Vintage Style Filigree Bracelet from A Mon Seul Desir

Also, I was able to complete the preliminary work of loading and coding all of the product, and move on to something surprisingly fun: building the customer gallery! The images scattered throughout this post reflect the work of a few of my fabulous clients and beady friends (simply click on the captions to visit their sites). As I looked through these images, I was reminded of the creative and inspiring people that I’m able to connect with in the course of my work. It may sound silly, but beads have brought many beautiful friendships into my life. Somewhere in the midst of my CSS induced psychopathy, I realized how very grateful I am to do what I love for a living … yes, even if it means that sometimes, I have to write code. There’s a light at the end of this tunnel. The site is (knock on wood!) almost ready, and I’m feeling particularly grateful for my amazing friends, talented customers, and good fortune.

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Happy Halloween!

I am deeply grateful for the support of my customers, family and friends, who have helped to make this another wonderful mask making season! It makes me realize how very blessed I am, so I’d like to pay a little bit of that positive energy forward…

The last mask that I created this Halloween was this “Day of the Deadheads” calavera skull mask, which I’m going to donate (along with a couple of others) to be auctioned off at EPIC’s Annual Dinner and Celebration. The proceeds will go to their campaign to help save the old growth redwoods in Richardson Grove. Fellow treehuggers can check it out on Friday, November 5th 2010 at the Mateel Community Center in Redway, California.

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Precious Things

I was cleaning out my studio recently, and it struck me that I tend to collect – and cherish – the oddest things. I have saved every little note or scribble my daughter has given me over the years, along with pebbles, feathers, sticks, bones and other random mementos.  As I tidied up, I arranged some of these things into more contained groupings. This one is my favorite:

  • The abandoned nest came from good friends – they came across it doing yard work and they saved it for me, knowing that I would love it. 
  •  The little white stones were collected over a decade ago, when I lived on the beach. My daughter and I loved to go beach combing with the neighborhood kids. They would pick a different color of rocks and shells to collect each day, and we’d bring them all back to my house and put them in clear glass jars, which we lined along the long stone wall between my yard and the beach. When we moved out, I saved this small handful of white pebbles to remind me of how much fun we had.
  • Friends of ours have an old family cabin out on Whidbey Island where they hold an annual camp out, which is where Robb and I met. We found this feather on the beach that weekend.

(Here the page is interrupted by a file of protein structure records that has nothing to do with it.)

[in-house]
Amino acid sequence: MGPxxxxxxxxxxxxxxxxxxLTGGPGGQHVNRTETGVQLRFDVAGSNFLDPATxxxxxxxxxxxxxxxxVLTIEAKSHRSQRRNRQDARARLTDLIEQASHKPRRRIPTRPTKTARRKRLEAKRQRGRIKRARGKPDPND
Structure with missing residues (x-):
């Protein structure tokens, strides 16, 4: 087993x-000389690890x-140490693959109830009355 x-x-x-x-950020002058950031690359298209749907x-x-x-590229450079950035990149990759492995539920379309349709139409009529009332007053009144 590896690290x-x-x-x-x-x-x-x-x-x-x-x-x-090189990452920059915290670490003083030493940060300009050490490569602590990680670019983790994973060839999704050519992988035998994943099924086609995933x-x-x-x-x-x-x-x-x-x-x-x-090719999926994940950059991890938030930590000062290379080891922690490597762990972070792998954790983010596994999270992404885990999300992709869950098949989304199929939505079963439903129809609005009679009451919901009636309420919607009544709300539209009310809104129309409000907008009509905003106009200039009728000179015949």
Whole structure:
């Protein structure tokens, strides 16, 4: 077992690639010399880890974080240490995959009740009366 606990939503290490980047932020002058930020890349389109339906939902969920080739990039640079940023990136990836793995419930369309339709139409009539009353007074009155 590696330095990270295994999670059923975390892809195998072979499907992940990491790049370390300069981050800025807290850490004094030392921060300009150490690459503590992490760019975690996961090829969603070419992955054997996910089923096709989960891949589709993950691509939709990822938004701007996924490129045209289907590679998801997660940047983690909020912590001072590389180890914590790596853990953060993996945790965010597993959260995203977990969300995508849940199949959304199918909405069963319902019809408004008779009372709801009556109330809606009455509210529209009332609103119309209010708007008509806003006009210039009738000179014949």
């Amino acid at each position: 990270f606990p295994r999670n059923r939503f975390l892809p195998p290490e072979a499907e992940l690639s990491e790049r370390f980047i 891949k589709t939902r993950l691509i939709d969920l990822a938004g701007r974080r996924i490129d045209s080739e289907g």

• The rose petals are from one of the first rose bouquets he ever gave me.
  • The little dove skull is particularly special to me. I’ve always found beauty in the antlers and skulls that I find while hiking. A few years ago, I (very randomly) told Robb that I thought birds have the most beautiful skulls of any animal, and I wished that I would find one some day. Later that week, I was hiking in my favorite city park and I stopped to catch my breath. I noticed some owl scat at my feet, and a little voice inside my head said “maybe it’s in there?” I laughed at myself for being so ridiculous, but some hopeful part of me kicked it with my toe just in case. Out tumbled this perfectly clean and intact mourning dove skull! Whenever I see it, I am reminded that sometimes the universe grants our wishes.

Those are the stories behind this little collection. Most people will see an old pile of worthless tidbits … I see symbols of time spent with family and friends, precious reminders of childhood innocence, memories of falling in love, and proof that dreams and wishes (even really silly ones) can come true.
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Thanking our Veterans

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Many of the social networking sites have a meme going around right now, that encourages people to list what they are thankful for during the entire month of November, rather than just for one day (Thanksgiving). I’m doing this privately, in my paper journal, but I may share some of these things here … if I remember … and if I have time. This one is important enough to me that I’d like to post it publicly:

I’m thankful for the warriors in my family, and for the efforts they’ve made and the risks they’ve taken so that I can be free. My stepdad Tom (Vietnam)  my partner Robb (Desert Storm) my cousin Jeff (Gulf War) and Robb’s brother Shawn (on his way back to Afghanistan now). I disagree with the politics of war, but I respect our warriors.